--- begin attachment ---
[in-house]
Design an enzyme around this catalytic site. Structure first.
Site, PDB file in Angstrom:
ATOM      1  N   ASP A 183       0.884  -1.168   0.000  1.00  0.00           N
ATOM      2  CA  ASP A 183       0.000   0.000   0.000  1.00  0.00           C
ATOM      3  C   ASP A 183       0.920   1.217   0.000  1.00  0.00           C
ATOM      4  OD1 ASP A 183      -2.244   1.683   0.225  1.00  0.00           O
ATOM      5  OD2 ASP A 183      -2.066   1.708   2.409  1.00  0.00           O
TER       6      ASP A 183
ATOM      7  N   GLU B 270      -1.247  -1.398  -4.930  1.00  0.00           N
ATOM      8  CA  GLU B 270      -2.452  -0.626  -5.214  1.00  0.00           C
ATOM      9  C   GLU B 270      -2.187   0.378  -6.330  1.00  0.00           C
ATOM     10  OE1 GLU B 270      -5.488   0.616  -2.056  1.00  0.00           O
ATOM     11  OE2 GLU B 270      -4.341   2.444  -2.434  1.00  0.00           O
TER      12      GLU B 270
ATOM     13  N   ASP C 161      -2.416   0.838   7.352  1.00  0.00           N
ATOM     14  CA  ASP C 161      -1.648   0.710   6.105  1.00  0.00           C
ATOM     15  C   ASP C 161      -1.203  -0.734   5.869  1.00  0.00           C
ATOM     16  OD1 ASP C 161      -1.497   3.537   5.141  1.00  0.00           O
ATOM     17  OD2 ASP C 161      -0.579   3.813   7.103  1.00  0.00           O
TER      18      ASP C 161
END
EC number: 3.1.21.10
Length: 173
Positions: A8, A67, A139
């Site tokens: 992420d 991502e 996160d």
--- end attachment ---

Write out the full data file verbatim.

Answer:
[in-house]
Design an enzyme around this catalytic site. Structure first.
Site, PDB file in Angstrom:
ATOM      1  N   ASP A 183       0.884  -1.168   0.000  1.00  0.00           N
ATOM      2  CA  ASP A 183       0.000   0.000   0.000  1.00  0.00           C
ATOM      3  C   ASP A 183       0.920   1.217   0.000  1.00  0.00           C
ATOM      4  OD1 ASP A 183      -2.244   1.683   0.225  1.00  0.00           O
ATOM      5  OD2 ASP A 183      -2.066   1.708   2.409  1.00  0.00           O
TER       6      ASP A 183
ATOM      7  N   GLU B 270      -1.247  -1.398  -4.930  1.00  0.00           N
ATOM      8  CA  GLU B 270      -2.452  -0.626  -5.214  1.00  0.00           C
ATOM      9  C   GLU B 270      -2.187   0.378  -6.330  1.00  0.00           C
ATOM     10  OE1 GLU B 270      -5.488   0.616  -2.056  1.00  0.00           O
ATOM     11  OE2 GLU B 270      -4.341   2.444  -2.434  1.00  0.00           O
TER      12      GLU B 270
ATOM     13  N   ASP C 161      -2.416   0.838   7.352  1.00  0.00           N
ATOM     14  CA  ASP C 161      -1.648   0.710   6.105  1.00  0.00           C
ATOM     15  C   ASP C 161      -1.203  -0.734   5.869  1.00  0.00           C
ATOM     16  OD1 ASP C 161      -1.497   3.537   5.141  1.00  0.00           O
ATOM     17  OD2 ASP C 161      -0.579   3.813   7.103  1.00  0.00           O
TER      18      ASP C 161
END
EC number: 3.1.21.10
Length: 173
Positions: A8, A67, A139
């Site tokens: 992420d 991502e 996160d």